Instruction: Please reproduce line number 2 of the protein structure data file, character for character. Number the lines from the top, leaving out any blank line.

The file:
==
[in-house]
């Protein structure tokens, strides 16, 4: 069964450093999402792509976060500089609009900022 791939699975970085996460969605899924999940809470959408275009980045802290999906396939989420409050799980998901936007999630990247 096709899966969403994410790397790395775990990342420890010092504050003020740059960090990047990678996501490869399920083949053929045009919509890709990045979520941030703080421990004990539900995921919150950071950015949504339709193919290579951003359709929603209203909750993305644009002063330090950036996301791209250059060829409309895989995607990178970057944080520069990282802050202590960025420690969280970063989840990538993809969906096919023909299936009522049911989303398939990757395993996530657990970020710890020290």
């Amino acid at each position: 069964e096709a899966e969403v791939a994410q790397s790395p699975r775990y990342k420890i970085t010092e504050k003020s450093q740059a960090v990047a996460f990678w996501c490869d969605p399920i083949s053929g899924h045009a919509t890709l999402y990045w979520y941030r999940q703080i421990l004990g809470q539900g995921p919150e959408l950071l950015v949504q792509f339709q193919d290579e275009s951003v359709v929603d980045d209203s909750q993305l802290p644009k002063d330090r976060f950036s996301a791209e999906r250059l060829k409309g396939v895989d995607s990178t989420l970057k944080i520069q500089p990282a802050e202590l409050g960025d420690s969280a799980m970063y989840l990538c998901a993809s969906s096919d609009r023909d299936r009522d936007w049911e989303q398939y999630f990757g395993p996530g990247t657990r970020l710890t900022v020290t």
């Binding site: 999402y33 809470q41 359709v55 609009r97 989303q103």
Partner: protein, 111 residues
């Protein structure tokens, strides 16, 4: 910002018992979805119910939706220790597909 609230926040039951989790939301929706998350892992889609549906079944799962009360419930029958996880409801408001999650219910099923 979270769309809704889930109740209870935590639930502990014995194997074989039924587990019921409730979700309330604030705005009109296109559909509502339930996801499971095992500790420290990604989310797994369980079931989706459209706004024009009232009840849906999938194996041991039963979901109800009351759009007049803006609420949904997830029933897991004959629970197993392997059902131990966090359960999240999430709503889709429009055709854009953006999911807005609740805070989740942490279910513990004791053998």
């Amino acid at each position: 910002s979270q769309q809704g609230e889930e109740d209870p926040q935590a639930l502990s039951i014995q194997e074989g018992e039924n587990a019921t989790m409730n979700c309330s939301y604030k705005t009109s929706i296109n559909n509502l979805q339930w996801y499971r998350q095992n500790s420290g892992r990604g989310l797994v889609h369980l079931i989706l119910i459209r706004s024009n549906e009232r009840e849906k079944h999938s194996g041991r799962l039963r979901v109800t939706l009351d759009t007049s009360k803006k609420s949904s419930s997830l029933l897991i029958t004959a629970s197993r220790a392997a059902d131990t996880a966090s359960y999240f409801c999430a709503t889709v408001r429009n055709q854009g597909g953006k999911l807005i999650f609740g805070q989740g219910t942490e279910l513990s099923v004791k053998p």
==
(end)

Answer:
């Protein structure tokens, strides 16, 4: 069964450093999402792509976060500089609009900022 791939699975970085996460969605899924999940809470959408275009980045802290999906396939989420409050799980998901936007999630990247 096709899966969403994410790397790395775990990342420890010092504050003020740059960090990047990678996501490869399920083949053929045009919509890709990045979520941030703080421990004990539900995921919150950071950015949504339709193919290579951003359709929603209203909750993305644009002063330090950036996301791209250059060829409309895989995607990178970057944080520069990282802050202590960025420690969280970063989840990538993809969906096919023909299936009522049911989303398939990757395993996530657990970020710890020290």